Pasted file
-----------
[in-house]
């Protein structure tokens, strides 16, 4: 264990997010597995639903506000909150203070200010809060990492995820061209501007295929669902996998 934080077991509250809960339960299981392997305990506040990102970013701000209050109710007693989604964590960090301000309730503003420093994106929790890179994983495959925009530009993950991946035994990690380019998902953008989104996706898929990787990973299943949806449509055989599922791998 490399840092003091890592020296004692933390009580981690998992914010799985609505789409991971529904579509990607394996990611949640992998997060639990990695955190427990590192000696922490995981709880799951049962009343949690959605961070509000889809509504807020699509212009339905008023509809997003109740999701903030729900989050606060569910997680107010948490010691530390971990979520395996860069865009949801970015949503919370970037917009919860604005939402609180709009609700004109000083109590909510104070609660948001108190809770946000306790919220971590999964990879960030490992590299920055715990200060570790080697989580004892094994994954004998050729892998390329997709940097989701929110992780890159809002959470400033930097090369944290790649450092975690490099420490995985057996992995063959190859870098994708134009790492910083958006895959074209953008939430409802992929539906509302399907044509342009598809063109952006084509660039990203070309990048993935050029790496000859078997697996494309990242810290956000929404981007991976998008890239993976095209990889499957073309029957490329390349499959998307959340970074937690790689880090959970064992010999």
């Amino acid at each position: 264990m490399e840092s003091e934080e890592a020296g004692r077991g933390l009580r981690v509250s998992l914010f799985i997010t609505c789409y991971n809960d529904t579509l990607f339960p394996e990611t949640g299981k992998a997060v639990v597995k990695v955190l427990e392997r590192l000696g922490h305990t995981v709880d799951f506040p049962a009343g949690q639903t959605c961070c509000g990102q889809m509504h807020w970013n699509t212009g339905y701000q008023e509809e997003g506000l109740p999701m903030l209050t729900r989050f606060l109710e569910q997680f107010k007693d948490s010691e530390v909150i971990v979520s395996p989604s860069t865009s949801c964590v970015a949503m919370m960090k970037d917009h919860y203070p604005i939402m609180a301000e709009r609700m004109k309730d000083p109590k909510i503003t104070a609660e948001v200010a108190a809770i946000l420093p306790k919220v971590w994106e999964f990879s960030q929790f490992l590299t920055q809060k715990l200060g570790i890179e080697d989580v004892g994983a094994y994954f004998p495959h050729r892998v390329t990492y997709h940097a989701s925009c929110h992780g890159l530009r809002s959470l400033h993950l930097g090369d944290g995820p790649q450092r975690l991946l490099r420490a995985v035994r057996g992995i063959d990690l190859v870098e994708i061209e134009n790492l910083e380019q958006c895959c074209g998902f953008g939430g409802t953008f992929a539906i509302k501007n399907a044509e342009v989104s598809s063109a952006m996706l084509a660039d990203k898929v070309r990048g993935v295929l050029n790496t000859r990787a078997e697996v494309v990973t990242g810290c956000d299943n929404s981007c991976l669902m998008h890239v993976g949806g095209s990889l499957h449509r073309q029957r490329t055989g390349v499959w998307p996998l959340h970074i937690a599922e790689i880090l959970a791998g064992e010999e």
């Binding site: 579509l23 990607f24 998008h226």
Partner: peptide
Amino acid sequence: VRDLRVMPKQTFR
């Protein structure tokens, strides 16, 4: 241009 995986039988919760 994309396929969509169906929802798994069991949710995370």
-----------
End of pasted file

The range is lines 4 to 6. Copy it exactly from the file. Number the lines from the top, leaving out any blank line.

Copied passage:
């Binding site: 579509l23 990607f24 998008h226």
Partner: peptide
Amino acid sequence: VRDLRVMPKQTFR